We have now had time to start to digest the findings of the Hayne Royal Commission.
GPS could dismiss the findings as not affecting us, as there were no direct findings relevant to how we conduct business.
We could point out that the banks finally look like they will have to comply with requirements like “act in the best interest of investors”, which we have had to do since 1997. Think – we are twenty years ahead of them.
We could also lament about the potential of even more regulation.
My view is that GPS needs to use the findings to continue to build an even better and stronger GPS.
The approach goes back to the introduction of the Managed Investment Act in 1997.
I have noted in previous articles how I, as a young lawyer at the time, struggled with the new concepts until somebody at a conference explained that rather than writing a compliance plan, write a business plan and then change the name.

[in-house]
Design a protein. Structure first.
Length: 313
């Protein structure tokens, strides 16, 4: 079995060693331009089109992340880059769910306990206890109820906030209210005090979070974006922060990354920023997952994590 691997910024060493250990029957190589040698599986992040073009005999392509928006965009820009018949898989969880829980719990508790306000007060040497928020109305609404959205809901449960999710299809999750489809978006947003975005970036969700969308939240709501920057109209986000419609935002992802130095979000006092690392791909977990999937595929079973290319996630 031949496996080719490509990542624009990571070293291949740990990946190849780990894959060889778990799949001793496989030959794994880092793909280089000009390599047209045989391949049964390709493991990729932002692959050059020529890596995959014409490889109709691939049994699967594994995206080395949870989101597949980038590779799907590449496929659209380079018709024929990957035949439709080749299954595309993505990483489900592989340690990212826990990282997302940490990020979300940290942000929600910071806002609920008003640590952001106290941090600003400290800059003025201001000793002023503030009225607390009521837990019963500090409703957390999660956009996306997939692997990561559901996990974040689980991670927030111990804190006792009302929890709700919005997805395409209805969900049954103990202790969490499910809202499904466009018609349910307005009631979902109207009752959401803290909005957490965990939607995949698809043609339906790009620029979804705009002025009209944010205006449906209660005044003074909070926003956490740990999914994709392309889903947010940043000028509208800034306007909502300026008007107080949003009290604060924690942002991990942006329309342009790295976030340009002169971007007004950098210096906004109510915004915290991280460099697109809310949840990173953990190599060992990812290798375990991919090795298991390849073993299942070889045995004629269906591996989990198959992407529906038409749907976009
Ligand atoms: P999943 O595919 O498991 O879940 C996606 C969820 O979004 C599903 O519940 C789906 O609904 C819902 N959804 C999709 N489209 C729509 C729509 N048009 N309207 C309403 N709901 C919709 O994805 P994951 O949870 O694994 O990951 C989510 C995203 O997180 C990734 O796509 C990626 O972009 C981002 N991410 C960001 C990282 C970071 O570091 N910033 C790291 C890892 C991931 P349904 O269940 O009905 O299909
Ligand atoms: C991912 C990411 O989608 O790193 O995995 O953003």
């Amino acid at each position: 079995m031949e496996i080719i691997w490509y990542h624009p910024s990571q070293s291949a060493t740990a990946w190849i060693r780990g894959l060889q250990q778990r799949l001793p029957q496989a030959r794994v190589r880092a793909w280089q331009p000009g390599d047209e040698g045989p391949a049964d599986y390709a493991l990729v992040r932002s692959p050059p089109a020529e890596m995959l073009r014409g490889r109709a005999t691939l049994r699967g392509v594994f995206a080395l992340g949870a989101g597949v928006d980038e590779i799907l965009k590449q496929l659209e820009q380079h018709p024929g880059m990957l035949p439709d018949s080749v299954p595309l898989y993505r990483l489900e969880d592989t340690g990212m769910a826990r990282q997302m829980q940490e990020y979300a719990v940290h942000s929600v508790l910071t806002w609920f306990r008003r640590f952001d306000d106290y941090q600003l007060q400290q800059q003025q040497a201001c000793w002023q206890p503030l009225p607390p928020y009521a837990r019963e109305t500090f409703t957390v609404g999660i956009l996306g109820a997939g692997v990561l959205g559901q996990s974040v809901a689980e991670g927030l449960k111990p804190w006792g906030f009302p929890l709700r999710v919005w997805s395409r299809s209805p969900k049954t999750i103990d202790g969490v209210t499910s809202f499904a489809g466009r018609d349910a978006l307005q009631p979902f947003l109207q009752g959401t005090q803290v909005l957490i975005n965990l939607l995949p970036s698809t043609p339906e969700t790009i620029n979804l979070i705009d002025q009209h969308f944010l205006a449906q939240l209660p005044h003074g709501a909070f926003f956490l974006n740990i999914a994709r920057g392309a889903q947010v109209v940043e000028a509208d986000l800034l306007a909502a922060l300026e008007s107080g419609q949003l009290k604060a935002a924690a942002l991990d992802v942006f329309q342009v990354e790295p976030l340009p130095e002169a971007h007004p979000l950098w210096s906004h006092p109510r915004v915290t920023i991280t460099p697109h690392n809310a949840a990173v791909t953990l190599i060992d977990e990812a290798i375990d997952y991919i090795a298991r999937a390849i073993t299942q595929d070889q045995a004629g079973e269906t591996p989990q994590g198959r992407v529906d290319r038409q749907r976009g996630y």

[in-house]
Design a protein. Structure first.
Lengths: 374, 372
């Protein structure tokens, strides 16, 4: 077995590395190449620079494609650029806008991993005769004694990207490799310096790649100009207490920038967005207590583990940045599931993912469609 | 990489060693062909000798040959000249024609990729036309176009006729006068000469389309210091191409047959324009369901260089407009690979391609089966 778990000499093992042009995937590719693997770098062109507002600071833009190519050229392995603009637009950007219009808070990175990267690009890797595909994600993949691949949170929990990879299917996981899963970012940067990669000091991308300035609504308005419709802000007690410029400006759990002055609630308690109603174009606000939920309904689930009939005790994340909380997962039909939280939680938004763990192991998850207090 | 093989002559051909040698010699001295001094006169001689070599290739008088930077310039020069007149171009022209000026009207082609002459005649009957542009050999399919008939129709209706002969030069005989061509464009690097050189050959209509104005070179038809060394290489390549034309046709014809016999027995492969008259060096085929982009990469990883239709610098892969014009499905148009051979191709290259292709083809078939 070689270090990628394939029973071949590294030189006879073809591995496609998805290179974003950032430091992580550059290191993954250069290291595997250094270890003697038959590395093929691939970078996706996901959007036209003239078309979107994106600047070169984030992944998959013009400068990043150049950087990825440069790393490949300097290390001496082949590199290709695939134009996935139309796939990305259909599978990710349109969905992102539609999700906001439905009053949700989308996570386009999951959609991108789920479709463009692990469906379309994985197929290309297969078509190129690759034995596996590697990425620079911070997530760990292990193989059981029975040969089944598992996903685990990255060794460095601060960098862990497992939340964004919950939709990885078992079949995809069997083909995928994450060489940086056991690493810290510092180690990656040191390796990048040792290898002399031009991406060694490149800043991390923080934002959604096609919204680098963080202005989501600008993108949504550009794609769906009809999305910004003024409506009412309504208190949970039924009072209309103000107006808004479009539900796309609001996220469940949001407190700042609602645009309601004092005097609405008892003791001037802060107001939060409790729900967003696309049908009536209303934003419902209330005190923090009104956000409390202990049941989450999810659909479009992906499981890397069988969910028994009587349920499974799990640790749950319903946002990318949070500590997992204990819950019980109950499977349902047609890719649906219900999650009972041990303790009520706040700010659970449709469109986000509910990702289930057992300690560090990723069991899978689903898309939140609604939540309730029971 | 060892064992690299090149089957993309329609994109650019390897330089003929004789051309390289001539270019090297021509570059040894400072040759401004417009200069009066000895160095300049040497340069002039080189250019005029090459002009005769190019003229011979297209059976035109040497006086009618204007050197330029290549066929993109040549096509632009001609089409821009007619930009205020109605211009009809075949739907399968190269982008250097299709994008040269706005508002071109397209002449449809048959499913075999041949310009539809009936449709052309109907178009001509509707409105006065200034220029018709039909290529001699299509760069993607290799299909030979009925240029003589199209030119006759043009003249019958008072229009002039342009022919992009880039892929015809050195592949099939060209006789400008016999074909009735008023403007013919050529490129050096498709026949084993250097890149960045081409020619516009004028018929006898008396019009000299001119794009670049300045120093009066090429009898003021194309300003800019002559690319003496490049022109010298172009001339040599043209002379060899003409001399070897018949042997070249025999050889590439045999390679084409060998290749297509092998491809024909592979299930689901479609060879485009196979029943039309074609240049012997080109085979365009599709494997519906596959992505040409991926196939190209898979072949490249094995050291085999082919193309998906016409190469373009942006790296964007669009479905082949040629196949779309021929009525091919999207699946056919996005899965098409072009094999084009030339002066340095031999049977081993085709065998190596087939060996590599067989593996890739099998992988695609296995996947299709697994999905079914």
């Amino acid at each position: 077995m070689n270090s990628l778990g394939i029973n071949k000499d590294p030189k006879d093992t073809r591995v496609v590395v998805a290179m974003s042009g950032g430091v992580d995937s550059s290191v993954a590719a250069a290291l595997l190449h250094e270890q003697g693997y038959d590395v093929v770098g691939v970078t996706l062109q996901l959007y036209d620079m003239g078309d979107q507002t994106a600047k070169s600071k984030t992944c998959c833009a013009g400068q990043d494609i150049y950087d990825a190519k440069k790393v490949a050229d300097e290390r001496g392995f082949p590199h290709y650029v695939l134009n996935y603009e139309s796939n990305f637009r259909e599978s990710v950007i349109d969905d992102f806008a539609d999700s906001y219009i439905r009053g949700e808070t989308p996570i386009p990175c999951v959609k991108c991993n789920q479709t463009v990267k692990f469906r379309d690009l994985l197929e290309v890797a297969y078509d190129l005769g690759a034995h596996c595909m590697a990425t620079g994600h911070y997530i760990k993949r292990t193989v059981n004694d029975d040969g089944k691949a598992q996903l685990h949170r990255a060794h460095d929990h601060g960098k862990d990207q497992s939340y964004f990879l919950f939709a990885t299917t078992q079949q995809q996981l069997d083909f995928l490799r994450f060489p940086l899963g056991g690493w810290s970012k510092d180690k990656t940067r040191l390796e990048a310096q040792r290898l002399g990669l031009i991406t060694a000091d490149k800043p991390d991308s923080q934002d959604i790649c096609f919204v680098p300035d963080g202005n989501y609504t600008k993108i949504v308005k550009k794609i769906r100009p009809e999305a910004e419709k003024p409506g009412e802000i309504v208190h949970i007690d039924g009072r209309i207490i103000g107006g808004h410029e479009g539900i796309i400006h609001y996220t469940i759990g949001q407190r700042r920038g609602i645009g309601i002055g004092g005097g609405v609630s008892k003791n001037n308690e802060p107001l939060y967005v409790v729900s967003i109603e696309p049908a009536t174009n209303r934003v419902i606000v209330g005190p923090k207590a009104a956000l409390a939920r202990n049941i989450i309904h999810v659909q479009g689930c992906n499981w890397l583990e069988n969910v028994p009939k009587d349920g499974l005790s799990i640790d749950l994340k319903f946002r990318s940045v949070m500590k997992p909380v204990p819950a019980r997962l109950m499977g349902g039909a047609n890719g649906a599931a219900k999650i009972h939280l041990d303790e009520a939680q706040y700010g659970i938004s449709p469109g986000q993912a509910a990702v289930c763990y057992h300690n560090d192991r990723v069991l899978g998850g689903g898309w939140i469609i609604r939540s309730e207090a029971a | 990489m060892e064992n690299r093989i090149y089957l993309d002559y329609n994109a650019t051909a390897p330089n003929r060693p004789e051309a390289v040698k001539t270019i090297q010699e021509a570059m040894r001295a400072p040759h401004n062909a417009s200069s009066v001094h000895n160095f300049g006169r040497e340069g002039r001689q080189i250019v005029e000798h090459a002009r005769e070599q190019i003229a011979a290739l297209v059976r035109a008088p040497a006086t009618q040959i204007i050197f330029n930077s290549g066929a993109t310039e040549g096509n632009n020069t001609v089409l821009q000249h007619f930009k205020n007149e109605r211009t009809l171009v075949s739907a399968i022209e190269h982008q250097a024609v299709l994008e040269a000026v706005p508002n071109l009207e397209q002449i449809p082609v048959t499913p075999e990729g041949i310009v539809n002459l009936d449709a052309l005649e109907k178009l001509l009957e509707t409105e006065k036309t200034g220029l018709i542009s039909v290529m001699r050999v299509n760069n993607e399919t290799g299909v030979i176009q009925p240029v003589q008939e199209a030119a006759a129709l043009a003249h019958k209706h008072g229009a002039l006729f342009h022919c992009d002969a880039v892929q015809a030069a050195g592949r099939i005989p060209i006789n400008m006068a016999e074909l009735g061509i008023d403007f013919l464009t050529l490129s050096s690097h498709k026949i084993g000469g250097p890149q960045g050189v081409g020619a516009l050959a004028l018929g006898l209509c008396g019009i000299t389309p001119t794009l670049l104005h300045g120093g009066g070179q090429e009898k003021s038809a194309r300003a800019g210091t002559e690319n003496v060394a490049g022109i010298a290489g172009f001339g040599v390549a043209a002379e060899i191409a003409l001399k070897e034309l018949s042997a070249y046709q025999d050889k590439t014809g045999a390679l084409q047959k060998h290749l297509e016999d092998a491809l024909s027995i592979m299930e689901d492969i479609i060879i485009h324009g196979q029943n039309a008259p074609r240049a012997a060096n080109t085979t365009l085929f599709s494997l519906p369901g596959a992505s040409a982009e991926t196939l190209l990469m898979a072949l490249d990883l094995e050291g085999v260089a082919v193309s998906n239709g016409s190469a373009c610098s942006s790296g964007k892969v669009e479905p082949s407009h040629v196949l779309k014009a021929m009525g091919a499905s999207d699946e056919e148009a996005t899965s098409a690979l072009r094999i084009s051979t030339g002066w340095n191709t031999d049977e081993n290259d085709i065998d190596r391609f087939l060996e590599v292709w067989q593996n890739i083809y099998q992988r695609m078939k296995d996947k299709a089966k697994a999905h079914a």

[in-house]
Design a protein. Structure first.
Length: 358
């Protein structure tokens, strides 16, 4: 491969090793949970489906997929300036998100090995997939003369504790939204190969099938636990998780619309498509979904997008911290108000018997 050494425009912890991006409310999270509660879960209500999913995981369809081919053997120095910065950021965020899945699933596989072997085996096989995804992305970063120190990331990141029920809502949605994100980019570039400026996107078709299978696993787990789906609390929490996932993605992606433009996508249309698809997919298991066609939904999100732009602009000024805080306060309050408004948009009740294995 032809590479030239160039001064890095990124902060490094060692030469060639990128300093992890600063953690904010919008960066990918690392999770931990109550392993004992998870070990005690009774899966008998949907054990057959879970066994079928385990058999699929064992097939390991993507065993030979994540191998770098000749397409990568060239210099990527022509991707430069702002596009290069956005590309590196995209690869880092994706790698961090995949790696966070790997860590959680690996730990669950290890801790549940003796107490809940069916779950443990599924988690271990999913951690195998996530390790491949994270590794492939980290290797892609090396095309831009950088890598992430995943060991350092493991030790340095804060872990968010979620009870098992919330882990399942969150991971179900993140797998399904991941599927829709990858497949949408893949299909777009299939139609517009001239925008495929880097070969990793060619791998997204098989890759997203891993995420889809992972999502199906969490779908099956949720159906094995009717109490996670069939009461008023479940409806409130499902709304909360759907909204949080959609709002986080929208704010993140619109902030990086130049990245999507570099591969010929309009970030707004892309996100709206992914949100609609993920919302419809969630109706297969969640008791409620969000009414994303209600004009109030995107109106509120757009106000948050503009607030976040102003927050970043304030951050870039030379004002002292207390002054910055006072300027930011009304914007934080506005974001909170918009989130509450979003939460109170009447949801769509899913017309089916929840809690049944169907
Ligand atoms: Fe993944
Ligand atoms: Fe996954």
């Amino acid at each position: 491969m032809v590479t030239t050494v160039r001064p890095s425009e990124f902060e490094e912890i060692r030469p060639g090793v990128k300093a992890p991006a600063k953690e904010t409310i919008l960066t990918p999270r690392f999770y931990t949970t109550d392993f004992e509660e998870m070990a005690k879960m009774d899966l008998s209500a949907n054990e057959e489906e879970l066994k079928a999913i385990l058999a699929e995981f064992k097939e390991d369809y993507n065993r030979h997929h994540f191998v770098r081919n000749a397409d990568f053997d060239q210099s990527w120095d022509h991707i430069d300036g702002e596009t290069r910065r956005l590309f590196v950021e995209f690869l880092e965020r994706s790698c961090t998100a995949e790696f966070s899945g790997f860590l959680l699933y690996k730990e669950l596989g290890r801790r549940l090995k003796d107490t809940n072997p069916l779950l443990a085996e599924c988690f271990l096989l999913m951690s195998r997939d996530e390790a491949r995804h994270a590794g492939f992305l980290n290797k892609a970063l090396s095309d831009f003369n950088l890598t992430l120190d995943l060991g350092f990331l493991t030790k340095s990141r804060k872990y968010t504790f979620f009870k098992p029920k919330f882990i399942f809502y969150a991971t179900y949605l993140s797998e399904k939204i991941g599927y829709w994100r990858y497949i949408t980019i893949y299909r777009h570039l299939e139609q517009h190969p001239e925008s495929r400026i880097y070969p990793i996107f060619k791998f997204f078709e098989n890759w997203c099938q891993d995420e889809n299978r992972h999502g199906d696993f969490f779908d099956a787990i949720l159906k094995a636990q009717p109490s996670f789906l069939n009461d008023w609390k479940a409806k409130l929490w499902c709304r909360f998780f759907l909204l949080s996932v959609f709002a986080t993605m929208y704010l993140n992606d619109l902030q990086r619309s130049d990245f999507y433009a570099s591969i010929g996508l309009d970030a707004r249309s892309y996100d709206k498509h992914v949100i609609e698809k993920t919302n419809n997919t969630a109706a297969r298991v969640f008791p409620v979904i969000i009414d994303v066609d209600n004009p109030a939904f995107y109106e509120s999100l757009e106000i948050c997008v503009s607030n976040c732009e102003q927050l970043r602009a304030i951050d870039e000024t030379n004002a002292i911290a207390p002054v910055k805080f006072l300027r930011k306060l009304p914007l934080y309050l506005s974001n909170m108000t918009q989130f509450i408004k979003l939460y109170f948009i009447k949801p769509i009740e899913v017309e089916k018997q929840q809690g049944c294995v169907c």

This was when the light went on. This approach has helped me guide GPS through rafts of regulation and legislation ever since.
GPS has learnt a lot from the Hayne Royal Commission. There is too much for a single article, so in coming months I will share the experience of the journey and hopefully put it in a perspective on how it will benefit us all.